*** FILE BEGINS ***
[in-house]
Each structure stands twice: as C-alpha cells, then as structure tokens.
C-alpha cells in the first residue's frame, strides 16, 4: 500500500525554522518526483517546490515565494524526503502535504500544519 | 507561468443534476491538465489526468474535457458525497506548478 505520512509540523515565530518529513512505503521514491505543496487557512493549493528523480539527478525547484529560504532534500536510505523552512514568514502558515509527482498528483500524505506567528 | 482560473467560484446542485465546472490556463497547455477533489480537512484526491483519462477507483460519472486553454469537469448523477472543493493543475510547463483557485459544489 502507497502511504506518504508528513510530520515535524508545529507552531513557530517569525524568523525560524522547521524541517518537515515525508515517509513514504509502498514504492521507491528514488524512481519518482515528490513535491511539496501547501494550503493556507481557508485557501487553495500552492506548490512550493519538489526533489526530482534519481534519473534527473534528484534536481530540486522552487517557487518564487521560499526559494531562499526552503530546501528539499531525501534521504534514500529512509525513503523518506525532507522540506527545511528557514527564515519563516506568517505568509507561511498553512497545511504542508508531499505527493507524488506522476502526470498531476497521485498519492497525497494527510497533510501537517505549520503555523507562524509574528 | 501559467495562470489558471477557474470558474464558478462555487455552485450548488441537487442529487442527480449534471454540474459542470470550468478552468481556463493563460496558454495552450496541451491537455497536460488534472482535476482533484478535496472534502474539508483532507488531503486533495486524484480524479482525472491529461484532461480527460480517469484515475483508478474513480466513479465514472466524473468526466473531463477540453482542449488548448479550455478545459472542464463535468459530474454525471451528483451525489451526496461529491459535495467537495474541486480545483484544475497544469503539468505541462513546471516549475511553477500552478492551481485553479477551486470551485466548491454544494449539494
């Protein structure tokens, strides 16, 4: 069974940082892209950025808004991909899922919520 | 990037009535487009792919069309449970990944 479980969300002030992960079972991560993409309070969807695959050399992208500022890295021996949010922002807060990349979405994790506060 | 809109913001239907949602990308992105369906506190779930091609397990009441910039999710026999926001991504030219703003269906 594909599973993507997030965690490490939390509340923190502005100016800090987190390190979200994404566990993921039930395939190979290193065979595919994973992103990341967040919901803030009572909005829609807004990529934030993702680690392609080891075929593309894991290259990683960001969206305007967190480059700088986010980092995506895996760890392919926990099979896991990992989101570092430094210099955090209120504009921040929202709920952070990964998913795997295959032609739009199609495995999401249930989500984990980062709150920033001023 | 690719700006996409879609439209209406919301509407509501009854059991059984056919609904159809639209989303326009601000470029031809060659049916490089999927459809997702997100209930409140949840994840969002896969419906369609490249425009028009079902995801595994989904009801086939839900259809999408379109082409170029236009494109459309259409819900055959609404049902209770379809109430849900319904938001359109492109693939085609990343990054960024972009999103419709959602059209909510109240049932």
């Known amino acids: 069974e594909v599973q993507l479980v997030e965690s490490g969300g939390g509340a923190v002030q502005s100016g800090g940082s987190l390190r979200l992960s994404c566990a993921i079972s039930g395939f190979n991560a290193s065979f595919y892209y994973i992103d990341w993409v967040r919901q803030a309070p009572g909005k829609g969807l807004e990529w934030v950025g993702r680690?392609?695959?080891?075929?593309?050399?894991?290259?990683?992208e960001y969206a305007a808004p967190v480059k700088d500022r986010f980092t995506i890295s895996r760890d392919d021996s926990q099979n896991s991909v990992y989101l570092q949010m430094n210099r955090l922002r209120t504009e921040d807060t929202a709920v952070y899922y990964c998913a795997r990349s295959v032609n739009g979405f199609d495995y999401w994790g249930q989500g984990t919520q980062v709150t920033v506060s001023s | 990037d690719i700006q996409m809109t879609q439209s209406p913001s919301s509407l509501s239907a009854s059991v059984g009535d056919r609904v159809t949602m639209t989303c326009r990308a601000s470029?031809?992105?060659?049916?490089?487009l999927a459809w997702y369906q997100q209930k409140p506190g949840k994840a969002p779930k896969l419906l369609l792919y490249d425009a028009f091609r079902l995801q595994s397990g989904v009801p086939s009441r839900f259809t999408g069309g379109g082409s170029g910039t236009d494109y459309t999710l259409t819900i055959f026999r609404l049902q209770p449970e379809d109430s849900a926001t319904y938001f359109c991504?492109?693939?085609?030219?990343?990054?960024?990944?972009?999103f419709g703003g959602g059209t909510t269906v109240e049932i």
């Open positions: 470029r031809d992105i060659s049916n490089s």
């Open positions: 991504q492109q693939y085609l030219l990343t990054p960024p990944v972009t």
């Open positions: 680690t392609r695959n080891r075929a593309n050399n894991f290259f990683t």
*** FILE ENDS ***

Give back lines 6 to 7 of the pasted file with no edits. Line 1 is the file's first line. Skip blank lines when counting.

């Open positions: 470029r031809d992105i060659s049916n490089s």
């Open positions: 991504q492109q693939y085609l030219l990343t990054p960024p990944v972009t």